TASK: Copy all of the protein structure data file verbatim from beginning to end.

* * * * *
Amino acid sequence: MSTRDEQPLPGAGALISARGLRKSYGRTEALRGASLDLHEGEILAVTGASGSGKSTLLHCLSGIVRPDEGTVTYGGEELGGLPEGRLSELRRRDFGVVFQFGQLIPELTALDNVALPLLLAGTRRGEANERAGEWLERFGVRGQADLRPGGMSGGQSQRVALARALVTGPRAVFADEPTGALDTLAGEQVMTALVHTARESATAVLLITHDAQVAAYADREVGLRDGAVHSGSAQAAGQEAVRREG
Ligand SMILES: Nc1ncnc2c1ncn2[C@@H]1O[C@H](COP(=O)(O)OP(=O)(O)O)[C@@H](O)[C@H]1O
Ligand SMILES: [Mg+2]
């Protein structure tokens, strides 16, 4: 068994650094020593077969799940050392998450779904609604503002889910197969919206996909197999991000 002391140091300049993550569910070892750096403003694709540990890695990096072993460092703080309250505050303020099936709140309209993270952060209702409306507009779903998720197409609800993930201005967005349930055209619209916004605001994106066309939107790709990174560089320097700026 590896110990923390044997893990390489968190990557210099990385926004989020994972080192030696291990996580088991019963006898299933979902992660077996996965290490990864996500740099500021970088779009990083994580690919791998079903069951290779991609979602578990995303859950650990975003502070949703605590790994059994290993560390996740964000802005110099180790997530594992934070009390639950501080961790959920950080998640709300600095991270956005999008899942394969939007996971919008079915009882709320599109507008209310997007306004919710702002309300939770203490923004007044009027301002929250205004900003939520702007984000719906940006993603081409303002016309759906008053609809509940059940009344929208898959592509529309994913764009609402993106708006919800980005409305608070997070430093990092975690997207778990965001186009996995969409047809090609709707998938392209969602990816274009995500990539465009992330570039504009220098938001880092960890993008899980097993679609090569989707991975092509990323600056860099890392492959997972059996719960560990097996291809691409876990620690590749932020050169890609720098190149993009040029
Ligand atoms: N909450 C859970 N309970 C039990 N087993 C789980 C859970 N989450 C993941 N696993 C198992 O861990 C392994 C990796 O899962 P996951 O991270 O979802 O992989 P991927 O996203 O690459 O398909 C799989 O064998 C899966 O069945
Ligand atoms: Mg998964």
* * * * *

Amino acid sequence: MSTRDEQPLPGAGALISARGLRKSYGRTEALRGASLDLHEGEILAVTGASGSGKSTLLHCLSGIVRPDEGTVTYGGEELGGLPEGRLSELRRRDFGVVFQFGQLIPELTALDNVALPLLLAGTRRGEANERAGEWLERFGVRGQADLRPGGMSGGQSQRVALARALVTGPRAVFADEPTGALDTLAGEQVMTALVHTARESATAVLLITHDAQVAAYADREVGLRDGAVHSGSAQAAGQEAVRREG
Ligand SMILES: Nc1ncnc2c1ncn2[C@@H]1O[C@H](COP(=O)(O)OP(=O)(O)O)[C@@H](O)[C@H]1O
Ligand SMILES: [Mg+2]
């Protein structure tokens, strides 16, 4: 068994650094020593077969799940050392998450779904609604503002889910197969919206996909197999991000 002391140091300049993550569910070892750096403003694709540990890695990096072993460092703080309250505050303020099936709140309209993270952060209702409306507009779903998720197409609800993930201005967005349930055209619209916004605001994106066309939107790709990174560089320097700026 590896110990923390044997893990390489968190990557210099990385926004989020994972080192030696291990996580088991019963006898299933979902992660077996996965290490990864996500740099500021970088779009990083994580690919791998079903069951290779991609979602578990995303859950650990975003502070949703605590790994059994290993560390996740964000802005110099180790997530594992934070009390639950501080961790959920950080998640709300600095991270956005999008899942394969939007996971919008079915009882709320599109507008209310997007306004919710702002309300939770203490923004007044009027301002929250205004900003939520702007984000719906940006993603081409303002016309759906008053609809509940059940009344929208898959592509529309994913764009609402993106708006919800980005409305608070997070430093990092975690997207778990965001186009996995969409047809090609709707998938392209969602990816274009995500990539465009992330570039504009220098938001880092960890993008899980097993679609090569989707991975092509990323600056860099890392492959997972059996719960560990097996291809691409876990620690590749932020050169890609720098190149993009040029
Ligand atoms: N909450 C859970 N309970 C039990 N087993 C789980 C859970 N989450 C993941 N696993 C198992 O861990 C392994 C990796 O899962 P996951 O991270 O979802 O992989 P991927 O996203 O690459 O398909 C799989 O064998 C899966 O069945
Ligand atoms: Mg998964």